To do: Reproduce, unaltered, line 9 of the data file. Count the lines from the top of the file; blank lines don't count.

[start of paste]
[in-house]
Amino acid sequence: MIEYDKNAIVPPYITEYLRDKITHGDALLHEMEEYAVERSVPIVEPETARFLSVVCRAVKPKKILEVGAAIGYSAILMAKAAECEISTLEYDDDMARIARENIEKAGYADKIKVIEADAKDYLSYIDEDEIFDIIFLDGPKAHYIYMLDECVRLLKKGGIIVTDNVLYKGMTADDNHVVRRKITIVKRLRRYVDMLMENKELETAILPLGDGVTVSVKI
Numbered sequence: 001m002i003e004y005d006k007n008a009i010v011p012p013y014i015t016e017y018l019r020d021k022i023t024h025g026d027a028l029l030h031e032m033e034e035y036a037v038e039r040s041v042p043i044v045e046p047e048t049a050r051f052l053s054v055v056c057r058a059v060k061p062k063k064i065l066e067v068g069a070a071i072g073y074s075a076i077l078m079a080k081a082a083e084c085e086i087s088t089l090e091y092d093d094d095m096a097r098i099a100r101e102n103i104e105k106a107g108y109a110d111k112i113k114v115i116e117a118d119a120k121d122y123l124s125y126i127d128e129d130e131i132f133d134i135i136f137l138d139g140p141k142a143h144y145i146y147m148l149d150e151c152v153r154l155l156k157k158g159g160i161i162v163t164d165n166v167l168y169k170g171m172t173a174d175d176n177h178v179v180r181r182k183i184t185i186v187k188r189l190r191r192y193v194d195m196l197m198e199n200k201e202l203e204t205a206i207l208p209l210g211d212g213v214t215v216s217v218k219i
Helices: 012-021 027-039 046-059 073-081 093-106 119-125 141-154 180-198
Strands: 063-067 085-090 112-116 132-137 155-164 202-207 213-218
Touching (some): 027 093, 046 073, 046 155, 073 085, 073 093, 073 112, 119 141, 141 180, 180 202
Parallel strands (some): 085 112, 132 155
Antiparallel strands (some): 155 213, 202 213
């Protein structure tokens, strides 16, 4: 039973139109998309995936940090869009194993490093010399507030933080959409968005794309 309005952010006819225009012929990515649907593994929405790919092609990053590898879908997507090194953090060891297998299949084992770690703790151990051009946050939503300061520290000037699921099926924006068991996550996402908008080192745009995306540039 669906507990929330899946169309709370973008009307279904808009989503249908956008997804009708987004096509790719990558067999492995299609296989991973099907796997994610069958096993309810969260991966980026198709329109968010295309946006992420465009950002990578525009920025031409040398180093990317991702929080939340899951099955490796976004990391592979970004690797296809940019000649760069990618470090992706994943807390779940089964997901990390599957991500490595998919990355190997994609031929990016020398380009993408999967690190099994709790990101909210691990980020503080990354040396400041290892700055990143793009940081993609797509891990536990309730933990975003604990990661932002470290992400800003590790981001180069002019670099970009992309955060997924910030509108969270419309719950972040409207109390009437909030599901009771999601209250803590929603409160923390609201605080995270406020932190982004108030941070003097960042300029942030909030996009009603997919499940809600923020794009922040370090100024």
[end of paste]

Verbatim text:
């Protein structure tokens, strides 16, 4: 039973139109998309995936940090869009194993490093010399507030933080959409968005794309 309005952010006819225009012929990515649907593994929405790919092609990053590898879908997507090194953090060891297998299949084992770690703790151990051009946050939503300061520290000037699921099926924006068991996550996402908008080192745009995306540039 669906507990929330899946169309709370973008009307279904808009989503249908956008997804009708987004096509790719990558067999492995299609296989991973099907796997994610069958096993309810969260991966980026198709329109968010295309946006992420465009950002990578525009920025031409040398180093990317991702929080939340899951099955490796976004990391592979970004690797296809940019000649760069990618470090992706994943807390779940089964997901990390599957991500490595998919990355190997994609031929990016020398380009993408999967690190099994709790990101909210691990980020503080990354040396400041290892700055990143793009940081993609797509891990536990309730933990975003604990990661932002470290992400800003590790981001180069002019670099970009992309955060997924910030509108969270419309719950972040409207109390009437909030599901009771999601209250803590929603409160923390609201605080995270406020932190982004108030941070003097960042300029942030909030996009009603997919499940809600923020794009922040370090100024």